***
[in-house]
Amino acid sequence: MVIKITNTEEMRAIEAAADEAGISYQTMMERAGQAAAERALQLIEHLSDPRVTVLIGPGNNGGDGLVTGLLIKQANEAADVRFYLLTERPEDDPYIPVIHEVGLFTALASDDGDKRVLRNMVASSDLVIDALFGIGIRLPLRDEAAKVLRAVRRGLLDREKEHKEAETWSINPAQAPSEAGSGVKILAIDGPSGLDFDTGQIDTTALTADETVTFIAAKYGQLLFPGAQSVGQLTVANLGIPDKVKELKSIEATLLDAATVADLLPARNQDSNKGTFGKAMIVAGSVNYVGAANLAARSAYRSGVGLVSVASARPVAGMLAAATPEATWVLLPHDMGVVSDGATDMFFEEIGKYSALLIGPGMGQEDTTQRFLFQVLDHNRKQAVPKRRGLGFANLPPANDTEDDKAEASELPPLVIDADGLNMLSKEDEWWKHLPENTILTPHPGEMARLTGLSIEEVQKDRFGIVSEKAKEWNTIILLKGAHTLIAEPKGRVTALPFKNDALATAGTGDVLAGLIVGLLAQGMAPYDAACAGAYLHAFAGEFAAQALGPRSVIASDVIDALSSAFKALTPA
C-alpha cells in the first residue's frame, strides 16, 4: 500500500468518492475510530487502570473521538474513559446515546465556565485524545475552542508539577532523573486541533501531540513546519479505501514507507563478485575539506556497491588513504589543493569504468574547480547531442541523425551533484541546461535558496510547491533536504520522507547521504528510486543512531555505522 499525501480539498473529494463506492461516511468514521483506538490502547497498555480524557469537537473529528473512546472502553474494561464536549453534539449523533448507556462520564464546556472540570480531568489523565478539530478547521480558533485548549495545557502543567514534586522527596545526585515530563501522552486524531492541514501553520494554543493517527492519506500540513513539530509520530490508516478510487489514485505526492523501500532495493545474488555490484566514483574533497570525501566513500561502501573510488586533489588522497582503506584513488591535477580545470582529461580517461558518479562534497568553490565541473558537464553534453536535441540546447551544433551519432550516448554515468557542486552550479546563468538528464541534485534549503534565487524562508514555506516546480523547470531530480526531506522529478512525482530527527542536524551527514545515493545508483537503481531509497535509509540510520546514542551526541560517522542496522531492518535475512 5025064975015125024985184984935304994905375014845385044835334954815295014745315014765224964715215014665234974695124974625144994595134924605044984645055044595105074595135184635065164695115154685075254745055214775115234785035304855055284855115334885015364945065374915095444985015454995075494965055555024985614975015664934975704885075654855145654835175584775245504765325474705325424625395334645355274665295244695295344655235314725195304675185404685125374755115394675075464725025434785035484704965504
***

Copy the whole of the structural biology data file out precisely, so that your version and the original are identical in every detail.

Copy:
[in-house]
Amino acid sequence: MVIKITNTEEMRAIEAAADEAGISYQTMMERAGQAAAERALQLIEHLSDPRVTVLIGPGNNGGDGLVTGLLIKQANEAADVRFYLLTERPEDDPYIPVIHEVGLFTALASDDGDKRVLRNMVASSDLVIDALFGIGIRLPLRDEAAKVLRAVRRGLLDREKEHKEAETWSINPAQAPSEAGSGVKILAIDGPSGLDFDTGQIDTTALTADETVTFIAAKYGQLLFPGAQSVGQLTVANLGIPDKVKELKSIEATLLDAATVADLLPARNQDSNKGTFGKAMIVAGSVNYVGAANLAARSAYRSGVGLVSVASARPVAGMLAAATPEATWVLLPHDMGVVSDGATDMFFEEIGKYSALLIGPGMGQEDTTQRFLFQVLDHNRKQAVPKRRGLGFANLPPANDTEDDKAEASELPPLVIDADGLNMLSKEDEWWKHLPENTILTPHPGEMARLTGLSIEEVQKDRFGIVSEKAKEWNTIILLKGAHTLIAEPKGRVTALPFKNDALATAGTGDVLAGLIVGLLAQGMAPYDAACAGAYLHAFAGEFAAQALGPRSVIASDVIDALSSAFKALTPA
C-alpha cells in the first residue's frame, strides 16, 4: 500500500468518492475510530487502570473521538474513559446515546465556565485524545475552542508539577532523573486541533501531540513546519479505501514507507563478485575539506556497491588513504589543493569504468574547480547531442541523425551533484541546461535558496510547491533536504520522507547521504528510486543512531555505522 499525501480539498473529494463506492461516511468514521483506538490502547497498555480524557469537537473529528473512546472502553474494561464536549453534539449523533448507556462520564464546556472540570480531568489523565478539530478547521480558533485548549495545557502543567514534586522527596545526585515530563501522552486524531492541514501553520494554543493517527492519506500540513513539530509520530490508516478510487489514485505526492523501500532495493545474488555490484566514483574533497570525501566513500561502501573510488586533489588522497582503506584513488591535477580545470582529461580517461558518479562534497568553490565541473558537464553534453536535441540546447551544433551519432550516448554515468557542486552550479546563468538528464541534485534549503534565487524562508514555506516546480523547470531530480526531506522529478512525482530527527542536524551527514545515493545508483537503481531509497535509509540510520546514542551526541560517522542496522531492518535475512 5025064975015125024985184984935304994905375014845385044835334954815295014745315014765224964715215014665234974695124974625144994595134924605044984645055044595105074595135184635065164695115154685075254745055214775115234785035304855055284855115334885015364945065374915095444985015454995075494965055555024985614975015664934975704885075654855145654835175584775245504765325474705325424625395334645355274665295244695295344655235314725195304675185404685125374755115394675075464725025434785035484704965504